The Village is pious hokum.

The Village is pious hokum.

The Village is pious hokum.

Reviews of the latest films.
July 30 2004 6:02 PM

Village of the Darned

More pious hokum from M. Night Shyamalan.

Bryce Dallas Howard
Opie's little girl—she's blind!

Touchstone has quite properly instructed critics not to spill the beans about the new M. Night Shyamalan picture The Village, which means that apart from describing the setting and delivering a few straightforward judgments (the photography is excellent! the music is striking! the movie is a stinker!), I can't really grapple with the writer-director's deepest themes. The expected Shyamalan twist here is actually a cinch to intuit; but most viewers will, as I did, reject that intuition as both too obvious and too far-fetched. And so the Shyamster stuns us yet again!

The Village has been written in a semi-Puritan patois that is one part The Crucible and one part a pretentious, tin-eared foreign-exchange ninth-grader's attempt at replicating The Crucible. It half-works when the movie is in H.P. Lovecraft territory: severe, wintry New England palette; a suggestion of inbreeding; hushed mentions of "The Old Ones," "Those We Don't Speak Of," and, my personal favorite, "The Old Shed That Is Not To Be Used." Shyamalan brings all his high-toned arthouse horror-movie tricks to bear on the film's slender narrative. Just as in Signs (2002), he serves up a masterly opening: a stabbing James Newton Howard overture that segues into Hilary Hahn's plaintive violin, with Brendan Gleeson wailing over the coffin of his dead child and the village—led by William Hurt—looking on in mute anguish. At a communal meal, an unearthly howl, like a banshee's, shatters the silence—a sound that brings an answering howl of antisocial joy from Adrien Brody (shot from a low angle to bring out his snaggle teeth) as some sort of scraggly backward imp.

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This village, we learn, is a piously isolated place, separated from the unruly "towns" by a forbidden wood that is populated with the aforementioned "Those We Don't Speak Of" (TWDSO). It is an uneasy equilibrium: From time to time TWDSO stride into the village, driving everyone into underground cellars. In the fleeting glimpses we get (similar to those of the ghosts of The Sixth Sense and the space invaders of Signs, accompanied by percussive BONGs!!!), TWDSO are tall and humanoid, with bony talons. They also wear cowls of red—a forbidden color in the village, even when it springs naturally from the earth.

As The Village begins, two problems weigh on the villagers: why TWDSO are making more frequent nocturnal visits and leaving skinned animals around in putrid heaps; and what to do about the young-'uns dying off for lack of medicine available in the towns. Lucius (Joaquin Phoenix), the oft-tongue-tied but stalwart male lead, volunteers to trek through the wood in spite of the danger posed by TWDSO: "They will know I am pure of intention and will not harm me," he maintains. Is his faith well-placed, or is he dangerously naive? Are these enigmatic animal-flaying forest dwellers truly keeping tabs on the villagers' every toe-touch beyond the tree line, or are TWDSO as fictional as WMD?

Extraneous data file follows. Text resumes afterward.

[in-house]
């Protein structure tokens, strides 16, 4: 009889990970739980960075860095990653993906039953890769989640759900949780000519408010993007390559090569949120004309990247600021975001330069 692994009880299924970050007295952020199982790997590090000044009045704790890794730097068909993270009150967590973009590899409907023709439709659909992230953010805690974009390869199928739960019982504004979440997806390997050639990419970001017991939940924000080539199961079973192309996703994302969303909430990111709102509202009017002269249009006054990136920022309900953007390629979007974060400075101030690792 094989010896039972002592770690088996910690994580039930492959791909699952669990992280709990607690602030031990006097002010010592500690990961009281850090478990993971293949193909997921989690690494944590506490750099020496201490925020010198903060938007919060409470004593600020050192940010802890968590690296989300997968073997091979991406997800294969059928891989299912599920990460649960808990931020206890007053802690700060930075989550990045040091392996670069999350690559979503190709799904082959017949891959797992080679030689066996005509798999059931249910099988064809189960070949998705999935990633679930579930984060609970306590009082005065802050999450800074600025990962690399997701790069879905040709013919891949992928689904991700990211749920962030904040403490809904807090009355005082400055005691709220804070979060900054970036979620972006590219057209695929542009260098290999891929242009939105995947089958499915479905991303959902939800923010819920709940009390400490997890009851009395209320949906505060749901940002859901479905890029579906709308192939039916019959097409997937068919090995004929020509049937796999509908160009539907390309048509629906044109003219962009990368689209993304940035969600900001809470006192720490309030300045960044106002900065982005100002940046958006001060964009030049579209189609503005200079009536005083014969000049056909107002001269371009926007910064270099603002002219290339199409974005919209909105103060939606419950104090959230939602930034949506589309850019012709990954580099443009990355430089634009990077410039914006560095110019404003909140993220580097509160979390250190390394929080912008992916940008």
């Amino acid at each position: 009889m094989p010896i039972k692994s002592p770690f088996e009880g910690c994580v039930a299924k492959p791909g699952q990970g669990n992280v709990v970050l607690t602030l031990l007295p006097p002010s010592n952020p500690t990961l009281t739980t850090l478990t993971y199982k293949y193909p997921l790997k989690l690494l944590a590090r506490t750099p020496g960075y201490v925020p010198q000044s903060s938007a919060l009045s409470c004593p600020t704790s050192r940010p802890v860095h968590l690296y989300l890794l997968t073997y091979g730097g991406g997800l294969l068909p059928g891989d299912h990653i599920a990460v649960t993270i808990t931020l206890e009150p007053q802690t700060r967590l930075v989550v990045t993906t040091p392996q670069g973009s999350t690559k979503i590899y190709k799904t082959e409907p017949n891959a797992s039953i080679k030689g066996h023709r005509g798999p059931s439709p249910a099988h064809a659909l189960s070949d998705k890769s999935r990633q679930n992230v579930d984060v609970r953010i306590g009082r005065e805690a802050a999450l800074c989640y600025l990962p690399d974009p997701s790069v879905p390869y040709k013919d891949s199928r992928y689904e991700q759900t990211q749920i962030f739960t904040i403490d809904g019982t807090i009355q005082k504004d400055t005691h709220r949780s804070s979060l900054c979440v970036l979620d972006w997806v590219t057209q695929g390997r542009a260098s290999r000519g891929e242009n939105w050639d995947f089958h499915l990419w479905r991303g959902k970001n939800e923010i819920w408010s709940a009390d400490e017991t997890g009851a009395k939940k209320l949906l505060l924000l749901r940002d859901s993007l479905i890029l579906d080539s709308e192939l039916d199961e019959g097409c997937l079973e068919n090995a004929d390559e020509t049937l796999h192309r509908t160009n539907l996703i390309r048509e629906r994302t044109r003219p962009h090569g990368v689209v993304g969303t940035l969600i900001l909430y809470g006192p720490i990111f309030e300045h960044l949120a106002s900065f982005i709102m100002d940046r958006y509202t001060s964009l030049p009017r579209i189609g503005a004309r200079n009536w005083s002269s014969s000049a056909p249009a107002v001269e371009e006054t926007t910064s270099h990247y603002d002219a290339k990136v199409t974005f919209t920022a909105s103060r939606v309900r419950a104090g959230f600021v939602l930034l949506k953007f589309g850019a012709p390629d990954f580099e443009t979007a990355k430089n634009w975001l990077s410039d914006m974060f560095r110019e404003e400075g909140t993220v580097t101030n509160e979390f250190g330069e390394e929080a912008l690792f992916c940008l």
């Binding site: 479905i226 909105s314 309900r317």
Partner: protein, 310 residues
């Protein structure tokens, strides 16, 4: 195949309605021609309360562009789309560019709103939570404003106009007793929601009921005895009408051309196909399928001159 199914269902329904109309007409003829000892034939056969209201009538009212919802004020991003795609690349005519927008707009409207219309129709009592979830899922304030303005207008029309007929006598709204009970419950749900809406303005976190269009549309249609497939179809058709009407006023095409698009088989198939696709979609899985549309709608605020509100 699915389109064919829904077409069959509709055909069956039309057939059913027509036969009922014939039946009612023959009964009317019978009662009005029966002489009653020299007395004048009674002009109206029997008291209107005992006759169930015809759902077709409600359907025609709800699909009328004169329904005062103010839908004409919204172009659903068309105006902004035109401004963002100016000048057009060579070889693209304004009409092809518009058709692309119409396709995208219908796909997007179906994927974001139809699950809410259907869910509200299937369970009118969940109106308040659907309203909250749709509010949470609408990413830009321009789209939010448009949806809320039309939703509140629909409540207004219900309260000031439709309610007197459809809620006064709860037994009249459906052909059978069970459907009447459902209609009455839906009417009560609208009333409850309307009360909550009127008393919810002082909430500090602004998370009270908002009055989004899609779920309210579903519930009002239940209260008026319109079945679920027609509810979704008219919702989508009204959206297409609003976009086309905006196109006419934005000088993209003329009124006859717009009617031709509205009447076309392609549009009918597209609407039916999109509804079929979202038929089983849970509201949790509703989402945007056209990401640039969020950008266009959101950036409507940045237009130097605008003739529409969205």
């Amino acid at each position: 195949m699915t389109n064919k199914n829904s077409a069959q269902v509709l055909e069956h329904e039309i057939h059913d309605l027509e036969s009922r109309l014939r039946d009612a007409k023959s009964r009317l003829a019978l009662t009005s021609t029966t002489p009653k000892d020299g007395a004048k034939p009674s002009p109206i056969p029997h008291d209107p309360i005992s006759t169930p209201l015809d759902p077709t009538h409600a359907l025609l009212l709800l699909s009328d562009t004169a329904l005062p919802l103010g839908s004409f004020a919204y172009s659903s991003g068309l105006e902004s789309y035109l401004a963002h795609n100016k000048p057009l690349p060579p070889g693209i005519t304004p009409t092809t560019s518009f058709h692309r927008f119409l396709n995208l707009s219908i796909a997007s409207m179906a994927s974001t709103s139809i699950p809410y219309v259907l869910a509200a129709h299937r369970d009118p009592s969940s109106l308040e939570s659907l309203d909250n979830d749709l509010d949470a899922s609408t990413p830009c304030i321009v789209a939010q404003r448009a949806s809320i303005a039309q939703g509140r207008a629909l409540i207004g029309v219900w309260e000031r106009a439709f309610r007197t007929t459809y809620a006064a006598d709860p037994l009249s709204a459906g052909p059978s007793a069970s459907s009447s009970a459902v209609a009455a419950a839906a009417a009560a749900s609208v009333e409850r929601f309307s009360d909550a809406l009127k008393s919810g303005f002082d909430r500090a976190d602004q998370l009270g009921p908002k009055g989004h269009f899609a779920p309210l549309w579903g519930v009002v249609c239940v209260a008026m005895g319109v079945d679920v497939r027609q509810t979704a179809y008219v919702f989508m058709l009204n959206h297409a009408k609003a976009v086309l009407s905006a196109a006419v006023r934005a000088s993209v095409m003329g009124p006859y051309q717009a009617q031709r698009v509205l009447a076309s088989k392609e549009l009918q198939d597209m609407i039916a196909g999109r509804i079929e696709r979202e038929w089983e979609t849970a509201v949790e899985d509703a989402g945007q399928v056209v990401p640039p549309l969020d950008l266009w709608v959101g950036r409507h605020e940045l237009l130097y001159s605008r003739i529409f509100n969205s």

The performers have had a look at the Shyamster's box-office receipts and so play this absurd material exceedingly straight. Phoenix falls victim to a certain creeping cretinism, but he has a scene with his beloved Ivy (Bryce Dallas Howard) while sitting on a step before the mystically illuminated fog-shrouded wood that is all the more romantic for the stiltedness of the couple's village-speak. ("I find dancing very agreeable.") There has been much hype about Howard, the daughter of director Ron. She is, indeed, a honey, and, from what I can tell, an excellent actress with a strong pair of lungs and a sufficient amount of movie-star magnetism to stifle the derisive yucks that her role (pure-of-heart blind girl with the ability to see peoples' "color") would otherwise elicit.

Shyamalan's themes are older than literature and revolve around the perils of separating from a perilous society in the name of a safer (and more simple, and holy) way of life. But by turning The Village into a shaggy-dog mystery/horror picture, he pretty much ducks the most nagging questions. (The conversations I had leaving the theater were not of a religious/philosophical nature, but akin to the ones I had as a 10-year-old about why the Howells and Ginger brought so many clothes for a 3-hour tour.) Worse, this isn't even an effective scare movie: The audience starts giggling less than halfway into our heroine's climactic trek through the wood—a Little Yellow Riding Hood, red having been appropriated by the wolves. Why didn't they—? Who could possibly have sent—? How could they have—? Hush. Mustn't spill those beans. Dumb's the word.

David Edelstein is the chief film critic for New York magazine and a film critic for NPR’s Fresh Air.